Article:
As Hurricane Irma rolled through the Caribbean toward Florida, Gov. Rick Scott (R) was everywhere.
Television crews shadowed Scott all over the state, never without his characteristic Navy hat, showing him meeting first responders, city officials and worried citizens.
He was active, providing regular and detailed updates as the storm approached, ordering wide and mandatory evacuations for millions of people and working with his ally President Trump on disaster response.
"As we all work to help Florida recover, we must do everything possible to protect families and help them return to their homes," Scott said yesterday after pushing the distribution of tarps to help patch damaged roofs.
One of the more iconic photos from the storm was of a fuel truck escorted by police on Scott's orders on its way to resupply drained gas stations.
"No doubt Scott improved his image," said Susan MacManus, politics and government professor at the University of South Florida. "It really helped him more than words can say. He got good marks since he was talking about what people wanted to hear, what affected their lives."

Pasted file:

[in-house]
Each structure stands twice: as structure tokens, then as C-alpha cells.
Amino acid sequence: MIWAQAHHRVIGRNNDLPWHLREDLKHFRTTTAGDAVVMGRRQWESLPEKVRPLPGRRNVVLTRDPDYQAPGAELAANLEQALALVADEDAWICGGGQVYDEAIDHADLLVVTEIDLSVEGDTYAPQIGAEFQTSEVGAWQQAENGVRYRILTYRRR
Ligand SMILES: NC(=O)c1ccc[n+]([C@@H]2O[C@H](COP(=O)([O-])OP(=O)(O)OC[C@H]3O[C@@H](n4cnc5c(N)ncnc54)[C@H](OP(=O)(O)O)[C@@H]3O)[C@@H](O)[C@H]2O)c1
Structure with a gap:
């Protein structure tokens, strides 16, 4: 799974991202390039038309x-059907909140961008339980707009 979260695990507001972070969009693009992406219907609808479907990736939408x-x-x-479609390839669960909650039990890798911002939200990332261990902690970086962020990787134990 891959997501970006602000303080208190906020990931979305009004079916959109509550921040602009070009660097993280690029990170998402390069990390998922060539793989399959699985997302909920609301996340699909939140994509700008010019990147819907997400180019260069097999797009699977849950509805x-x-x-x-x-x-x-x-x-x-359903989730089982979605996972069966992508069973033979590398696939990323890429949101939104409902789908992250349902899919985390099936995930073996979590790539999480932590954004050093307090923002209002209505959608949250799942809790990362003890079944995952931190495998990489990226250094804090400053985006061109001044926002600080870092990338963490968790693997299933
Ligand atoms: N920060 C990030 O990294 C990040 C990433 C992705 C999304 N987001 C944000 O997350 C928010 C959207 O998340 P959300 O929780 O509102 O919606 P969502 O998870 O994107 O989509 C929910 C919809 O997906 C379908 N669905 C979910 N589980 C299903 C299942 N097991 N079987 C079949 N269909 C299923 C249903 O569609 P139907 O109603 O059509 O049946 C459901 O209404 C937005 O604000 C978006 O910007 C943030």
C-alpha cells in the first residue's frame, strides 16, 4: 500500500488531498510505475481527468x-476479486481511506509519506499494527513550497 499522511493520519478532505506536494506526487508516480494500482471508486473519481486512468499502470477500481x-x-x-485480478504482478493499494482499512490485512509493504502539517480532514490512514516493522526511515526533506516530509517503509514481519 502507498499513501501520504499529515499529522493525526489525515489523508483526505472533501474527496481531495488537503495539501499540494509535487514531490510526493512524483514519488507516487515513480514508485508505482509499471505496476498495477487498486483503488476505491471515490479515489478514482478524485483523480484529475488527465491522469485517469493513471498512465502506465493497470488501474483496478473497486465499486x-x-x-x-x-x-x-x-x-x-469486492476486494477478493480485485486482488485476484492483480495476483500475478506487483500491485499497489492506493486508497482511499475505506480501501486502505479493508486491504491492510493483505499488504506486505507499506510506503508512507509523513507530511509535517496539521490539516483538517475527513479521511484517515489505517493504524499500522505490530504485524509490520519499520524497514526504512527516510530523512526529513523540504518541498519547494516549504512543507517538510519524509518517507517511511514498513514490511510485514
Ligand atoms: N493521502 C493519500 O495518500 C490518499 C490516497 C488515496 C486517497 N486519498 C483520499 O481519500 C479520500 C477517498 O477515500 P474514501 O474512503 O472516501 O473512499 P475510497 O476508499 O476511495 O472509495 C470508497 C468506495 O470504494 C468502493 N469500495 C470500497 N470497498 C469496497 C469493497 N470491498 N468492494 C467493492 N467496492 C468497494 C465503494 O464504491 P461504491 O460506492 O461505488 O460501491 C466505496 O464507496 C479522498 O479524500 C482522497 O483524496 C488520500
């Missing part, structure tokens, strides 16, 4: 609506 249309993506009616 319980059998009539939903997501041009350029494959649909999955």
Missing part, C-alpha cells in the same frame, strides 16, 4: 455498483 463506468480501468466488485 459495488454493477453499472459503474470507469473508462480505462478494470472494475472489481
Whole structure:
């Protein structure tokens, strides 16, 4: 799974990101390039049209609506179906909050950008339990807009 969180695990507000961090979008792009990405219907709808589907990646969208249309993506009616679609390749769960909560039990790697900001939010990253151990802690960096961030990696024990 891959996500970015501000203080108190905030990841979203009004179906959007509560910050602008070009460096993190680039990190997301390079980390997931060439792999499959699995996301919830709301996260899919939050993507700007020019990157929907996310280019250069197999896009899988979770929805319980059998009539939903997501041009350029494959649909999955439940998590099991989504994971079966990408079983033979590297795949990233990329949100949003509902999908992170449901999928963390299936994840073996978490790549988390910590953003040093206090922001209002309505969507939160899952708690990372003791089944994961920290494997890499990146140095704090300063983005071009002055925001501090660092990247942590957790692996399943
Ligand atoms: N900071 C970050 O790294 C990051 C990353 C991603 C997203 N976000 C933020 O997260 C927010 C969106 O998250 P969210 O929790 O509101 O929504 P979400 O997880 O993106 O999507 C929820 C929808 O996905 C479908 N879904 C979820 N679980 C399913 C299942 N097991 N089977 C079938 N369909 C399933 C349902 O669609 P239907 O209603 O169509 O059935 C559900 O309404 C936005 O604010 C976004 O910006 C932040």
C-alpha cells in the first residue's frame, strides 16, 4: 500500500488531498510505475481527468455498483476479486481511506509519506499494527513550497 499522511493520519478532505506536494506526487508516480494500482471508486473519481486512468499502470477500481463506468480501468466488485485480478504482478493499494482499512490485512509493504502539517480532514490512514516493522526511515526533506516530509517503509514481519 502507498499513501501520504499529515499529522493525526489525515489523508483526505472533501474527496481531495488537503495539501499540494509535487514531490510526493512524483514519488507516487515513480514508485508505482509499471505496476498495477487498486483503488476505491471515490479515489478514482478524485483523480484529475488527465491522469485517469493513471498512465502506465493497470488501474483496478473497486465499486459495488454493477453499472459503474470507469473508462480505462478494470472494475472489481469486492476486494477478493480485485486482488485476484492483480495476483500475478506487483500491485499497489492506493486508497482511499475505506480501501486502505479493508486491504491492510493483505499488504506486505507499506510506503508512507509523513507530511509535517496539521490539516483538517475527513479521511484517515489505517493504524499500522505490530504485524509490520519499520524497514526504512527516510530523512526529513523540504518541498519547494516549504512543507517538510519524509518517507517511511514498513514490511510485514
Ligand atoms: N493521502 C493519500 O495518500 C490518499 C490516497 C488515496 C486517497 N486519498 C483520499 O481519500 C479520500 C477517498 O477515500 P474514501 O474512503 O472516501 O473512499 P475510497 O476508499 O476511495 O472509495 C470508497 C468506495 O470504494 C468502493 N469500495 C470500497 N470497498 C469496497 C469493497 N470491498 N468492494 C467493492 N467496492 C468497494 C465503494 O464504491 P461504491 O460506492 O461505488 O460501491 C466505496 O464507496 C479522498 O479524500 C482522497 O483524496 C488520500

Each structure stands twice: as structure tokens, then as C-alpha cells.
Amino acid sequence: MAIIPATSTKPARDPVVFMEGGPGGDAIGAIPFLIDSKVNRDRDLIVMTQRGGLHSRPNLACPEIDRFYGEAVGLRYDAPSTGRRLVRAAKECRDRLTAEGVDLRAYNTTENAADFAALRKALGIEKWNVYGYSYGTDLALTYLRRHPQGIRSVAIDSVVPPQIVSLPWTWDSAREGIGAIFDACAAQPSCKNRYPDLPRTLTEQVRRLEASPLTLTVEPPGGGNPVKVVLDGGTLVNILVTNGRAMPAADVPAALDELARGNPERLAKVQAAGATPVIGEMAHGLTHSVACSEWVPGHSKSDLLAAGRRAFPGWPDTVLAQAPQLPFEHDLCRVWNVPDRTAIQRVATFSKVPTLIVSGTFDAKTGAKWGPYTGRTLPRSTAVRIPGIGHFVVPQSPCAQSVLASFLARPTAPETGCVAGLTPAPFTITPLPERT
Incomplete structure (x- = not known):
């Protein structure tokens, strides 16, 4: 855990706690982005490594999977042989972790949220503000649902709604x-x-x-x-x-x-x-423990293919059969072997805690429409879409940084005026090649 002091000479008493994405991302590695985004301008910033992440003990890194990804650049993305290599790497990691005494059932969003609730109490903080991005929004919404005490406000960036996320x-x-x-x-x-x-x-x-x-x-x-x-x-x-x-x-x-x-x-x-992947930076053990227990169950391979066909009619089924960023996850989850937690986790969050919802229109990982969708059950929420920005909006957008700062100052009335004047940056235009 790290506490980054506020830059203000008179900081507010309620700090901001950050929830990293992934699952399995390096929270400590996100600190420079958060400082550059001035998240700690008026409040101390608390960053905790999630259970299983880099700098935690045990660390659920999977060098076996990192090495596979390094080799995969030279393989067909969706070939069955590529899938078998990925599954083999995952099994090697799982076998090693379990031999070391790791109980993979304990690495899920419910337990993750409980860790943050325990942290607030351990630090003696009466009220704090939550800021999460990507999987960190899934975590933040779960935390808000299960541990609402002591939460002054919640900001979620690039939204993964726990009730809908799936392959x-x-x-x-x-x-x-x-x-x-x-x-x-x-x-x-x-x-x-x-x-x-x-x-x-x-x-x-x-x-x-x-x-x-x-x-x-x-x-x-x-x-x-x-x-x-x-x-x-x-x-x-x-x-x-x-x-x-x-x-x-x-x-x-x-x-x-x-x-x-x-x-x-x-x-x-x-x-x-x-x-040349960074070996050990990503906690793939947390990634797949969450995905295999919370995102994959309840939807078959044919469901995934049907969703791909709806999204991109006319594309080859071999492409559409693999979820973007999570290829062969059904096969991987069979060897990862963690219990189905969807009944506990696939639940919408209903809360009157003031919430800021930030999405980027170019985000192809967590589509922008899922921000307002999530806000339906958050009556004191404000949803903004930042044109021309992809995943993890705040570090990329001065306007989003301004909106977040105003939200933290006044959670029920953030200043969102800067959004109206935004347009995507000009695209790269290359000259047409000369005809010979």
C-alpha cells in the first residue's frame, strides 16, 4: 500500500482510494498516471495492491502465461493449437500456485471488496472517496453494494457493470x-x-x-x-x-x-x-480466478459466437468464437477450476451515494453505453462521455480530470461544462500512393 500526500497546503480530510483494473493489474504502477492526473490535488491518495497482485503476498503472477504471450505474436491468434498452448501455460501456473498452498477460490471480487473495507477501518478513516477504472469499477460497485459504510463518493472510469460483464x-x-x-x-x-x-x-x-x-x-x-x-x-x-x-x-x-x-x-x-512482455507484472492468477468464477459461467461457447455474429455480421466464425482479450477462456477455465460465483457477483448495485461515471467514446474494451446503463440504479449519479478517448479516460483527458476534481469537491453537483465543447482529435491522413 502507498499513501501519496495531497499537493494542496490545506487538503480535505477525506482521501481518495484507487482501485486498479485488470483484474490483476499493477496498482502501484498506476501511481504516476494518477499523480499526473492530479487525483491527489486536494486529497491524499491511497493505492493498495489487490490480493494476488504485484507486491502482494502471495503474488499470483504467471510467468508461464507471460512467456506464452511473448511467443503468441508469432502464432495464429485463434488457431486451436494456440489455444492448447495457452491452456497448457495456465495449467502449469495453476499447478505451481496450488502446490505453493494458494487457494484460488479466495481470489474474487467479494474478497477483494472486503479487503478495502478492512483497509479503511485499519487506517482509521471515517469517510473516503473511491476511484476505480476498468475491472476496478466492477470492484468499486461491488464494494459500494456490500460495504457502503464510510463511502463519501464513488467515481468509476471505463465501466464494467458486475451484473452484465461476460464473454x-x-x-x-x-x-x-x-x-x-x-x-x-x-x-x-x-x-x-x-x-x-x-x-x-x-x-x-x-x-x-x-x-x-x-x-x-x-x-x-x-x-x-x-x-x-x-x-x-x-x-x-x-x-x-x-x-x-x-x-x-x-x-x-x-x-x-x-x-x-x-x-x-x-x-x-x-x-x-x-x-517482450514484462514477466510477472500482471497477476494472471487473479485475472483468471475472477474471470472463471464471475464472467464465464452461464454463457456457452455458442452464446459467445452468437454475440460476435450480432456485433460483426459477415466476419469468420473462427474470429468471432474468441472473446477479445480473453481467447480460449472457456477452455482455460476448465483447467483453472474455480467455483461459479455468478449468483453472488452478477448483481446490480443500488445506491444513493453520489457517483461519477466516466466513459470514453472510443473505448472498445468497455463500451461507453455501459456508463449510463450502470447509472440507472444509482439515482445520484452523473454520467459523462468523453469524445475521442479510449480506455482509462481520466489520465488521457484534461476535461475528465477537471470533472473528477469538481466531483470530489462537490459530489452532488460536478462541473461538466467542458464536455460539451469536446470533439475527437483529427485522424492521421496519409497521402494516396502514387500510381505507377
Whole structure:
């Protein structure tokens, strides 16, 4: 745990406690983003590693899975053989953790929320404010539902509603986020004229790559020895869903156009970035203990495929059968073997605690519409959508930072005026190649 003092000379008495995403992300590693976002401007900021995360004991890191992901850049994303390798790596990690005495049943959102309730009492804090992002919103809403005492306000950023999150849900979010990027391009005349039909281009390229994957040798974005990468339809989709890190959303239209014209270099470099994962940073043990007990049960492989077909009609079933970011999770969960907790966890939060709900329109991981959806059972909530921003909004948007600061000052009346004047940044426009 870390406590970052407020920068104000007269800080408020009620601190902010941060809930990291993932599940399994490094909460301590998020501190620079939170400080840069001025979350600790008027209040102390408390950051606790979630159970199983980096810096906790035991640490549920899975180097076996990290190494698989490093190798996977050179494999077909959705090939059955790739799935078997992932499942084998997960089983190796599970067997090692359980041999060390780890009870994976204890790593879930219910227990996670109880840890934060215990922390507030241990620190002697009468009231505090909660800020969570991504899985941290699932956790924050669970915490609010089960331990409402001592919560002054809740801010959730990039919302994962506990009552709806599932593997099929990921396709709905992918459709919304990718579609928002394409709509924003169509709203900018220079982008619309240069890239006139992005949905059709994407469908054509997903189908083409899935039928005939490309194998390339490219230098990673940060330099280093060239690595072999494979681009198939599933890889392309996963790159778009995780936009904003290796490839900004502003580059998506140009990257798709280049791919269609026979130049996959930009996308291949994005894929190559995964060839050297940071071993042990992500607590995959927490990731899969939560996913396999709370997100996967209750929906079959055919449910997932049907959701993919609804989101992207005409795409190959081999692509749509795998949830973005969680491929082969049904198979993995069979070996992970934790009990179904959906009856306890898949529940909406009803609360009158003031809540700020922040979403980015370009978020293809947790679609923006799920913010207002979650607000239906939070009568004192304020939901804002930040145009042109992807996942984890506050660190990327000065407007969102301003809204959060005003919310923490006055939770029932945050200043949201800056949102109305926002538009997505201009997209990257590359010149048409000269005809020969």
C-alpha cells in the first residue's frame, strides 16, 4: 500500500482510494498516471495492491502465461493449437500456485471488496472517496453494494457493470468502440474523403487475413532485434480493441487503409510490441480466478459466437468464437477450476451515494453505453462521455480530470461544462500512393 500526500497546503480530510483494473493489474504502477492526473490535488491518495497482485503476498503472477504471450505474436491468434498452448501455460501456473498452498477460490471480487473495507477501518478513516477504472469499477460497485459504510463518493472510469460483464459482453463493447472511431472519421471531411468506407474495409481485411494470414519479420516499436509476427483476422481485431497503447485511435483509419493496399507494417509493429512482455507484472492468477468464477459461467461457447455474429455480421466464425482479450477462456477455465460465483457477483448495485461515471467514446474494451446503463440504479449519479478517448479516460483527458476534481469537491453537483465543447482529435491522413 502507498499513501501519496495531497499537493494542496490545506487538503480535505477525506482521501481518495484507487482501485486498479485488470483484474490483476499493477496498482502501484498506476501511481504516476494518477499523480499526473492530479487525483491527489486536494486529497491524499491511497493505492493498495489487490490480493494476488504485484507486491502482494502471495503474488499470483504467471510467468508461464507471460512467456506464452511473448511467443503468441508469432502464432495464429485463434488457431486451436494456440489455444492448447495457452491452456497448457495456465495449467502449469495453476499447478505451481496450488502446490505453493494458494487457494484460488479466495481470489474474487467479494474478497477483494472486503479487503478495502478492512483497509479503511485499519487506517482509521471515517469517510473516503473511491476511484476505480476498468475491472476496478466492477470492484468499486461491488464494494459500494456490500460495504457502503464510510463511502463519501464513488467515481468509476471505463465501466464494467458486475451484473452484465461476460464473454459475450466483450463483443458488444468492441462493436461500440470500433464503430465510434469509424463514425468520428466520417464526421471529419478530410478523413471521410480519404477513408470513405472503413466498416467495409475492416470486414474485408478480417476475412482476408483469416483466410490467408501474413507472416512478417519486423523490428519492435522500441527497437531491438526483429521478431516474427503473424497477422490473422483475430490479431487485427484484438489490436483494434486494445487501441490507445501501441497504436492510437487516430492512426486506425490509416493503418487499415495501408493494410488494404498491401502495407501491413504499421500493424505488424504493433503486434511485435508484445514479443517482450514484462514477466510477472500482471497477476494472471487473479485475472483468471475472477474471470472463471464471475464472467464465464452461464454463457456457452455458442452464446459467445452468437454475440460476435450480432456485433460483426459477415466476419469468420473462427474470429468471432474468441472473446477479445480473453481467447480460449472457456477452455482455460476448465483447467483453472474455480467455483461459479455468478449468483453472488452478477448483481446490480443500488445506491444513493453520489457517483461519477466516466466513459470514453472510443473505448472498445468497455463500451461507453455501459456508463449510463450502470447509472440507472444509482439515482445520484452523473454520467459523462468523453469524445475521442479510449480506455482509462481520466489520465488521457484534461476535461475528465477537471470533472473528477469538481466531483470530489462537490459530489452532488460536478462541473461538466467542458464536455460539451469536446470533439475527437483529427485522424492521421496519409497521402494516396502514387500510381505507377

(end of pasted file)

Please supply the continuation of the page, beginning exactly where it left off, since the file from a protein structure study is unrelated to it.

The praise Scott won for his involved, disciplined response comes as he mulls a possible 2018 challenge to Florida Sen. Bill Nelson (D) — one of the 10 Democratic senators up for re-election in states Trump won last year.
Trump himself pushed a bid at a rally with Scott in Fort Myers on Sept. 14. "I hope this man right here, Rick Scott, runs for the Senate," the president told the crowd.
Nelson seems to be preparing for just that. Comments over the past several weeks suggest an emerging campaign strategy, meant to hamstring Scott's hurricane response bona fides. During all his media exposure in recent weeks, Scott has not discussed climate change and its relationship to sea-level rise and storm intensity.